[ Parent ]
Let me respond. (4.00 / 1) (#562)
by Macrobat on Thu Oct 11, 2001 at 09:39:09 PM EST

Well, first, I'm guessing that the strike on Afghanistan is only the first of such raids on several countries in the area, which will be conducted with varying amounts of support from the regional governments. So if you think that only striking at Afghanistan won't stop terrorism, I agree. But that's not what we're doing.

And if you think that the targets have no military significance, well, I'd be disinclined to believe you. It just risks too much in terms of manpower and resources to mount a campaign like that with no evidence whatsoever. Yes, the military does wrong things, and no, I'm not happy that I don't have all the evidence before me either, but to imply that they just shot at the first target they could think of (which is kinda what your post sounds like) is stretching it.

As for the halting of the U.S.-sponsored humanitarian aid two days after the WTC attack, I don't know the details. But let me suggest to you that, if it was being carried out by American personnel, maybe they withdrew from Afghanistan because they were afraid for their lives, and not without reason. After 5,000 people die for the crime of being American, you might want to withdraw to safer havens too. And you and I can sit back in the safety of our own homes and speculate as to whether or not they were really under threat, but if my life were at stake, I'd err on the side of caution, too.

As for the media, I have no doubt that some of them are playing the tune the government's paid for. But there are a lot of media sources out there. I don't watch television so I don't know what they're doing in TV-land. But I actually do read and hear dissenting voices on the radio, online, and in print. So it's not like it's just one monolithic source out there. Remember, "the media" supplied you with that Albright quote, and I don't hear you voicing any healthy skepticism about that.

I respect that you don't feel the attacks are justified; I think they are, but it's still a sad reflection on American diplomacy. I opposed the gulf war and I don't trust GW any further than I can throw him. But in light of everything that I do know (which admittedly, isn't the whole story, but who really has that?), I think we're doing the best we can in a crappy situation.

"Hardly used" will not fetch a better price for your brain.
[ Parent ]

Re; Cry me a frickin river (none / 0) (#534)
by khym on Thu Oct 11, 2001 at 05:22:32 PM EST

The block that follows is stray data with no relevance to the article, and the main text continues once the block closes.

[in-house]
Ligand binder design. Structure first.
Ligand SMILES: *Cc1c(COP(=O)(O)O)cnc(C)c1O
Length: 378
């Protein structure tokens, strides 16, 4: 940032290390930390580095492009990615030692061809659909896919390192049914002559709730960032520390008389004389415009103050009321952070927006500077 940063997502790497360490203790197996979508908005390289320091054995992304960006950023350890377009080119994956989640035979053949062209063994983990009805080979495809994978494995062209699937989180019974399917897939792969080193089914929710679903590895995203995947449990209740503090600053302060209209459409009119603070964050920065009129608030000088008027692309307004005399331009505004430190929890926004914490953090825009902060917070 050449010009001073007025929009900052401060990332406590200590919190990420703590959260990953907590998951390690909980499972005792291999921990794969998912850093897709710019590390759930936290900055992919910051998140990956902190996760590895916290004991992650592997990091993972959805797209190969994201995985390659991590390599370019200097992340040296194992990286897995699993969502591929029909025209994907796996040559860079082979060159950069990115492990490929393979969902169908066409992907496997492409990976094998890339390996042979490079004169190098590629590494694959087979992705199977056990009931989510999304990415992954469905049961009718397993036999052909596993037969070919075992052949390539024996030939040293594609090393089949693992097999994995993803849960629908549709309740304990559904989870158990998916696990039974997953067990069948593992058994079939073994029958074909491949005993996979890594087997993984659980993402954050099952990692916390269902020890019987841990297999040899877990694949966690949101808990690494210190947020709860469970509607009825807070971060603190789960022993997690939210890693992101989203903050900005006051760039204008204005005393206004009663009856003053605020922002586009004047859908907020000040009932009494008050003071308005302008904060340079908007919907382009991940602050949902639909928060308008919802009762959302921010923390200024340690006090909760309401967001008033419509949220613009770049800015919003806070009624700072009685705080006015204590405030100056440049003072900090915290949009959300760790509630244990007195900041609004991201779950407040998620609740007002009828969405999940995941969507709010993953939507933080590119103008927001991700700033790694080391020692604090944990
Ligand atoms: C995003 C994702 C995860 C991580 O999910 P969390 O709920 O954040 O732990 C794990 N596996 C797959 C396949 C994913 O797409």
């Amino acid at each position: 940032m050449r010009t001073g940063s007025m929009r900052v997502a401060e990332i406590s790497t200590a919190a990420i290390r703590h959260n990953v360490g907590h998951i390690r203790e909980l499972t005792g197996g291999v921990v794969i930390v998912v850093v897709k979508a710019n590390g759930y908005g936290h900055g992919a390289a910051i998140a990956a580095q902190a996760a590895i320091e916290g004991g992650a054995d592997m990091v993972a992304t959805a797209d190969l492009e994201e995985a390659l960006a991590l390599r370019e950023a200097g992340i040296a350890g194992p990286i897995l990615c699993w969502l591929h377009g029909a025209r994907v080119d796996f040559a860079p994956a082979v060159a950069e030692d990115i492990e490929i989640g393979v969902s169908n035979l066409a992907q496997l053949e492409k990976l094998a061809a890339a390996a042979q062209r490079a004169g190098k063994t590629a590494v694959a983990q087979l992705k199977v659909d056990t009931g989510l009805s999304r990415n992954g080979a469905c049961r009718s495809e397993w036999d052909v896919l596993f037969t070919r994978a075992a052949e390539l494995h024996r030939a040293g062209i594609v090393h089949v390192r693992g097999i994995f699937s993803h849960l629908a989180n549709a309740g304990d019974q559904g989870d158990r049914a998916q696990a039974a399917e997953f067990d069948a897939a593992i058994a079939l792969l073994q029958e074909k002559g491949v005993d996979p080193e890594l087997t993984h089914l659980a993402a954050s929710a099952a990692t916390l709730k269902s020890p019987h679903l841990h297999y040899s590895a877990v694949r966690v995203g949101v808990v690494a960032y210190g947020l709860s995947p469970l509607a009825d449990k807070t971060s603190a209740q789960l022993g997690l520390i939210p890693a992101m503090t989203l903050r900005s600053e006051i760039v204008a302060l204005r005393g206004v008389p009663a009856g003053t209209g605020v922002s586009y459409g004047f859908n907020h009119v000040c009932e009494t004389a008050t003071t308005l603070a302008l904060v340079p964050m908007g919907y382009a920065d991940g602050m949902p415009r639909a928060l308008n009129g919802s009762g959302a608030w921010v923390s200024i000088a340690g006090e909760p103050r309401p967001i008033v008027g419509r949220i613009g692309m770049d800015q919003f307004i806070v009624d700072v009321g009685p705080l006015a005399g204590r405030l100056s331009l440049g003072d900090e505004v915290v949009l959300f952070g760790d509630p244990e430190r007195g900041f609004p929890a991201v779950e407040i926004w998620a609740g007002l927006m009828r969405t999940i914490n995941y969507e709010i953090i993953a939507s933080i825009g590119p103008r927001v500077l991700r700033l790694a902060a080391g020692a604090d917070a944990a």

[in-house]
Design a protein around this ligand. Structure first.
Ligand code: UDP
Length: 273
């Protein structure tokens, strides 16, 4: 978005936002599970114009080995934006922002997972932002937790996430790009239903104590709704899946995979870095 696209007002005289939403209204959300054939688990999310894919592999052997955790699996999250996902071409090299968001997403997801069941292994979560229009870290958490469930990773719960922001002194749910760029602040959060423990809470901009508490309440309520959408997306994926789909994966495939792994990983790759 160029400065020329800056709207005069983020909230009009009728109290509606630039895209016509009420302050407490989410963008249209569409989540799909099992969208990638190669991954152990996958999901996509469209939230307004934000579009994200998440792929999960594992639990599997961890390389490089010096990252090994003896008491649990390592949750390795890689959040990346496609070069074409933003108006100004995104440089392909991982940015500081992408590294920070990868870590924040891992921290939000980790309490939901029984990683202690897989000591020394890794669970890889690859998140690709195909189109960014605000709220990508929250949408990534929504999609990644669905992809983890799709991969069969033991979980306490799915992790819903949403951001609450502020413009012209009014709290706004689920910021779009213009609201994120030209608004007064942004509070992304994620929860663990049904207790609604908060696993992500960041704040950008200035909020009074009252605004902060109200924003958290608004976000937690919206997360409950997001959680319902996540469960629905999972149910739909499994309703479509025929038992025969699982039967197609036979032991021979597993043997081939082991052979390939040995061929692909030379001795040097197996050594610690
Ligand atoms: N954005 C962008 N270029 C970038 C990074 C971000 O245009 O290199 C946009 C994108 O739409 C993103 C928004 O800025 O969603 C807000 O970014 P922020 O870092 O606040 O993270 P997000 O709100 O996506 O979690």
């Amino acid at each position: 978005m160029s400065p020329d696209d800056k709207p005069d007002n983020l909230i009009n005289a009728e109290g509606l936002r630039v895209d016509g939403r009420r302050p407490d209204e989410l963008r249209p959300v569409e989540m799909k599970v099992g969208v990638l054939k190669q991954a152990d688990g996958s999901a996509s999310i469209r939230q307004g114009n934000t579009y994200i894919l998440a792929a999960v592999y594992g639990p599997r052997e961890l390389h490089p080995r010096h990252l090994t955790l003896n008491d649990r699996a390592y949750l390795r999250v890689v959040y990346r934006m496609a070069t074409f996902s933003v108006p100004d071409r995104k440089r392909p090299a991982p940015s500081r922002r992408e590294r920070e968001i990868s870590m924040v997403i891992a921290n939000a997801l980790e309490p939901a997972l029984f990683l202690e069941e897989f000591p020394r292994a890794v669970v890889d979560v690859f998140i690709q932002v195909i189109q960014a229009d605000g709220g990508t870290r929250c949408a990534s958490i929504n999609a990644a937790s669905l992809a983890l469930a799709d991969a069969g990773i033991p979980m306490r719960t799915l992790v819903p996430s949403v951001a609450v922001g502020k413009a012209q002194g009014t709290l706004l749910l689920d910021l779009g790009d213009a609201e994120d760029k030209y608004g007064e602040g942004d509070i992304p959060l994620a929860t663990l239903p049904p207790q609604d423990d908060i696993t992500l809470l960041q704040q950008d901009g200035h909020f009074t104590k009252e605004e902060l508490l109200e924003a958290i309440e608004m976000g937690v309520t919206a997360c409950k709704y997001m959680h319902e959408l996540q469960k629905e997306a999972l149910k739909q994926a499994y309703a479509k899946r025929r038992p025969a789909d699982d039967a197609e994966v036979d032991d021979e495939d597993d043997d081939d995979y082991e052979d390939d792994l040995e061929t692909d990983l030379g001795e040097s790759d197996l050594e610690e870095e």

I would guess that there are reasons for bombing the shit out of Afghanistan
We aren't "bombing the shit out of Afghanistan", we've bombed infrastructure and terrorist training camps.
first, a week of bombing will do serious damage to enemy morale.
No it won't. The enemy, which is the Taliban, think that Allah is on they're side and that we're evil incarnate; it won't do a thing to their moral. Also, in the history of modern warfare, non-nuclear bombings (of civilian targets, which we aren't doing) have never decreased moral, but have rather hardened their resolve.

--
Give a man a match, and he'll be warm for a minute, but set him on fire, and he'll be warm for the rest of his life.
[ Parent ]
Damn (3.29 / 17) (#34)
by trhurler on Tue Oct 09, 2001 at 12:29:15 PM EST

So instead of watching TV, you're trying to get ON TV. You aren't actually looking to solve anything, or even provide the means or idea behind a solution. You're just looking to create suncertainty and conflict here in the US while our soldiers risk their asses doing the best jobs they can on orders they didn't choose. That's pretty fucking weak. Why don't you just go back to the hole you live in and watch some more TV instead, since TV is all you seem to understand?

When facing an armed conflict and opposed to it, the number one rule is, if you're going to whine, you can't just whine - you have to provide some useful notion of what the alternatives ARE. Just saying "address the root causes" and other silly leftist catch phrases doesn't mean anything - what ARE the causes, and how can we address them(specifically,) and how do you know this will fix the problems? How do you know that the "root causes" you claim to see aren't just excuses made up by people who hate western culture per se? How do you know that these people will be able and willing to give up their great cause, even if it becomes irrelevant? Why would powerful men leading such causes just give up and go home? Are you stupid?

Carry that sign, hero. Your aching feet will save America!

--
'God dammit, your posts make me hard.' --LilDebbie

So... (2.60 / 5) (#42)
by PhillipW on Tue Oct 09, 2001 at 12:40:08 PM EST

Essentially what you are saying is that somebody who does not agree with dropping bombs should shutup and not try to change things for what they think is a good cause?

When facing an armed conflict and opposed to it, the number one rule is, if you're going to whine, you can't just whine - you have to provide some useful notion of what the alternatives ARE.